What Are the Theodosian Walls (of Constantinople)?

Constructed in the 5th century AD, the Theodosian Walls defended the city of Constantinople for thousand years, and still remain one of the most imposing structures of the ancient world.

Dec 21, 2022By Vedran Bileta, MA in Late Antique, Byzantine, and Early Modern History, BA in History


The Theodosian Walls of Constantinople are one of the most imposing defensive structures of the ancient and medieval world. Since their construction in the early fifth century AD, during the reign of emperor Theodosius II (thus the name), the Theodosian Walls protected the city of Constantinople, the capital of the Eastern Roman Empire, better known as the Byzantine Empire.


For centuries, this imposing structure posed an unsurmountable obstacle to waves of invaders who tried to conquer the city and, by extension, the Empire. Finally, in 1453, more than a thousand years after their construction, the Theodosian Walls fell to the fire of Ottoman cannons. However, the Walls outlived both the Roman and the Ottoman Empires and still stand in the heart of modern-day Istanbul.


The Construction of the Theodosian Walls

Theodosian walls of Constantinople, 4th – 5th century CE.


The Theodosian Walls are not the first defensive walls of Constantinople. Following the foundation and the subsequent dedication of Constantinople on 11 May 330, Emperor Constantine the Great protected his city with the new wall. However, the collapse of the Danubian frontier following the Battle of Adrianople in 378 required more formidable defenses to protect the capital of the Eastern Roman Empire.


Finally, in the early fifth century, emperor Theodosius II commissioned the new walls, known as the Theodosian Walls. The new defensive perimeter was completed in the nick of time, preventing Attila the Hun and his army from taking the city. Attila’s Huns were only the first of many invaders whose dreams of the conquest of Constantinople were halted by the imposing Theodosian Walls.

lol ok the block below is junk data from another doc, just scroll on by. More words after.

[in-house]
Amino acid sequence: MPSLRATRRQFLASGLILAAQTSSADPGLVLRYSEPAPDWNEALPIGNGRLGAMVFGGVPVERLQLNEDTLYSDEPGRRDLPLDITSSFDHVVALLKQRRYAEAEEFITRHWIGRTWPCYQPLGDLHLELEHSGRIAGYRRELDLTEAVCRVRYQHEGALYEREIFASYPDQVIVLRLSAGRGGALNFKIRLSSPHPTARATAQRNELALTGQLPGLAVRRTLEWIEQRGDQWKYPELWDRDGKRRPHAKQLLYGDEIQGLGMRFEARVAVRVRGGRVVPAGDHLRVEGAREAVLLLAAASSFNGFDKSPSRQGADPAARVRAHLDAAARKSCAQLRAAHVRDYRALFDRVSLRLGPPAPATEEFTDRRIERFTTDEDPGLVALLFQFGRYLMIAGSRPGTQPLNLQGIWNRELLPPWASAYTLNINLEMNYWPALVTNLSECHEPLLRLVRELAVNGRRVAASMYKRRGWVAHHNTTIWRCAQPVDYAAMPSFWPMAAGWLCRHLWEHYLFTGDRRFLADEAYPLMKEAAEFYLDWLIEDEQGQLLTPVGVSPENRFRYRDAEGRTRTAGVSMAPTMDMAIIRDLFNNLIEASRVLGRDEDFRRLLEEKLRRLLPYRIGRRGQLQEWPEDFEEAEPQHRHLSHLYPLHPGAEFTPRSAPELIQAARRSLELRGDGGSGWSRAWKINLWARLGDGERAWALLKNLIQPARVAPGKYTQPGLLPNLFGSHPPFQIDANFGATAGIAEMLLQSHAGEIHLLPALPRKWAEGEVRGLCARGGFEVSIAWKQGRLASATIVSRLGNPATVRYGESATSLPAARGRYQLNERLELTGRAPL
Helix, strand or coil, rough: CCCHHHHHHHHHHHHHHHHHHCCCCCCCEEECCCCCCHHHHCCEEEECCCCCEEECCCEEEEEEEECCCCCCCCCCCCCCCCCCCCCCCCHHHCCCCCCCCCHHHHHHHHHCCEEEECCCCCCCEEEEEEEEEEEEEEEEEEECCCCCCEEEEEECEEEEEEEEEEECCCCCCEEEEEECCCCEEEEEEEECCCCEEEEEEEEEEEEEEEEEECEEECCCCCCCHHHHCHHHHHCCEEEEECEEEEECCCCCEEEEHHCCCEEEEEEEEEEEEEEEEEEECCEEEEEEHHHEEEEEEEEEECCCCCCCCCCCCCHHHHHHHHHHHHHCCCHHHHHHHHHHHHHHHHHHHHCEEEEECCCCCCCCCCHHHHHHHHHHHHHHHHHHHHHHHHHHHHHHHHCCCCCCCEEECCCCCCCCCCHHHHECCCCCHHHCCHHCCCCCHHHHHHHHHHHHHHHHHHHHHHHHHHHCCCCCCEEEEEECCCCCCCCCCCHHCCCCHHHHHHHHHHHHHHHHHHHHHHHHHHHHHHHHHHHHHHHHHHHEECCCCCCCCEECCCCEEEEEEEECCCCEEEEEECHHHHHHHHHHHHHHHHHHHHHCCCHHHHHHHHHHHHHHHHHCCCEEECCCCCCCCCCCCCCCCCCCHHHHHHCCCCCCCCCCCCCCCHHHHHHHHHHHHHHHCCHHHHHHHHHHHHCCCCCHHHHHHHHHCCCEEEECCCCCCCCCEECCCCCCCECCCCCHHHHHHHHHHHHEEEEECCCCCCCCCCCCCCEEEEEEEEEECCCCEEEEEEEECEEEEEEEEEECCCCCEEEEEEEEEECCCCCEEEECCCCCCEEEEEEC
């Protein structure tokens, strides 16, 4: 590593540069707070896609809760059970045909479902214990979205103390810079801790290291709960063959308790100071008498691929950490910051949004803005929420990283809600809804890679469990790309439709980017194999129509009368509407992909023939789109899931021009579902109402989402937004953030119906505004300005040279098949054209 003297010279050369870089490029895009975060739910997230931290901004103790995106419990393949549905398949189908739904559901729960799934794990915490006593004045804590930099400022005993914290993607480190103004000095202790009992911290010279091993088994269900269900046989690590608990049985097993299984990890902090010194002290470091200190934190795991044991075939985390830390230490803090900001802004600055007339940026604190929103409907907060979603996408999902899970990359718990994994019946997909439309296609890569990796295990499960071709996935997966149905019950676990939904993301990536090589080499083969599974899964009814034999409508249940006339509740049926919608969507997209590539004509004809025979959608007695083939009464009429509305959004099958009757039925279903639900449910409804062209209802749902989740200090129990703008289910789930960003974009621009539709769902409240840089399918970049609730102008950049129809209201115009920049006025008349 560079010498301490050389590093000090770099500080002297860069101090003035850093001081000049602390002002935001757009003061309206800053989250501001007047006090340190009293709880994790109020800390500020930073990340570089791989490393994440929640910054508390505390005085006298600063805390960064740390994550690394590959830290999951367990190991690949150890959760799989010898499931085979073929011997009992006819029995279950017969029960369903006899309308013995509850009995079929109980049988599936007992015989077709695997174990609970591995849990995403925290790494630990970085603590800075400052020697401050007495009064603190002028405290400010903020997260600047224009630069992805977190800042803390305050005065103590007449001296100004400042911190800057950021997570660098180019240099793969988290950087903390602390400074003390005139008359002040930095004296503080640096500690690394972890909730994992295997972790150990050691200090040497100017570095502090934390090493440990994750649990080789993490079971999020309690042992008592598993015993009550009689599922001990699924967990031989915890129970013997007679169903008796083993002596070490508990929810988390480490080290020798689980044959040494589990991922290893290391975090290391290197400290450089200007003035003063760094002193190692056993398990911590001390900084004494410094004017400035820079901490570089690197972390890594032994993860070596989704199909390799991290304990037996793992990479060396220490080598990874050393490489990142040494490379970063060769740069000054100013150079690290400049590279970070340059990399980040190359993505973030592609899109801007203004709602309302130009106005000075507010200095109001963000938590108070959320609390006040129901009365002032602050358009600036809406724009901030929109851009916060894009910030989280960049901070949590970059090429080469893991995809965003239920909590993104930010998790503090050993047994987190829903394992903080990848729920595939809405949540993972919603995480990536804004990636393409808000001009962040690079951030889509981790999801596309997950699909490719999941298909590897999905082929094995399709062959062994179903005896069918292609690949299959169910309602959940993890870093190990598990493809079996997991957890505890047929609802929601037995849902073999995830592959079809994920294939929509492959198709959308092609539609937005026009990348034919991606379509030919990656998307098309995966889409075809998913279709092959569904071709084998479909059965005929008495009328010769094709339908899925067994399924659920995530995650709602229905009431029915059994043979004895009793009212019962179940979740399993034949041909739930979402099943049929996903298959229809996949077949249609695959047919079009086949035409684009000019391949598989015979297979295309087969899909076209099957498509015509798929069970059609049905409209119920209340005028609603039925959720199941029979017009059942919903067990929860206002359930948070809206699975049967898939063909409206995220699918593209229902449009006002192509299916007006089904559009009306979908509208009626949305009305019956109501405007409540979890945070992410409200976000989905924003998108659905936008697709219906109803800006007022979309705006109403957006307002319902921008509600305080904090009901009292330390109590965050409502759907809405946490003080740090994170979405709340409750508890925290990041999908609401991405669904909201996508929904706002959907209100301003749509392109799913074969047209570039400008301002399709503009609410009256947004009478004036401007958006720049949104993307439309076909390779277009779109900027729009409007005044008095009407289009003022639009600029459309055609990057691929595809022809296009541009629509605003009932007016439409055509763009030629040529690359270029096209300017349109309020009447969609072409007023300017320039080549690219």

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The Theodosian Walls as an Impregnable Bastion

The cross-section showing the triple defenses of the Theodosian Walls


The Theodosian Walls, when finally completed, measured around 12 km in length, defending the approaches to Constantinople by land. The walls consisted of three lines of defense. The would-be conqueror had first to cross the wide moat (filled with water), protected by the low wall, 1.5 meters tall. Next, the invader would have to cross the open ground before reaching the outer wall, 8-9 meters in height.


Then, if the invader were lucky enough, he would have to cross another open space, finally reaching the lynchpin of the city’s defense, the massive inner wall, 12 meters high and almost 5 meters thick. Both walls were intersected with towers, which held the artillery engines. Such a system provided the defender with an ideal killing field. No wonder for a thousand years, no invader managed to take the city.


The Walls Were Also a Symbol of Power

Reconstruction of the majestic Golden Gates, the main entry through the Theodosian Walls in peacetime


Besides their defensive purpose, the Theodosian Walls presented a powerful and striking symbol of the Empire’s power to anyone who approached Constantinople by land. Imagine the weary traveler who, after days, weeks, or even months, reached the imperial capital. In most cases, the he would enter the city through the imposing Porta Aurea or Golden Gates, built initially as the triumphal arch of emperor Theodosius I in 391.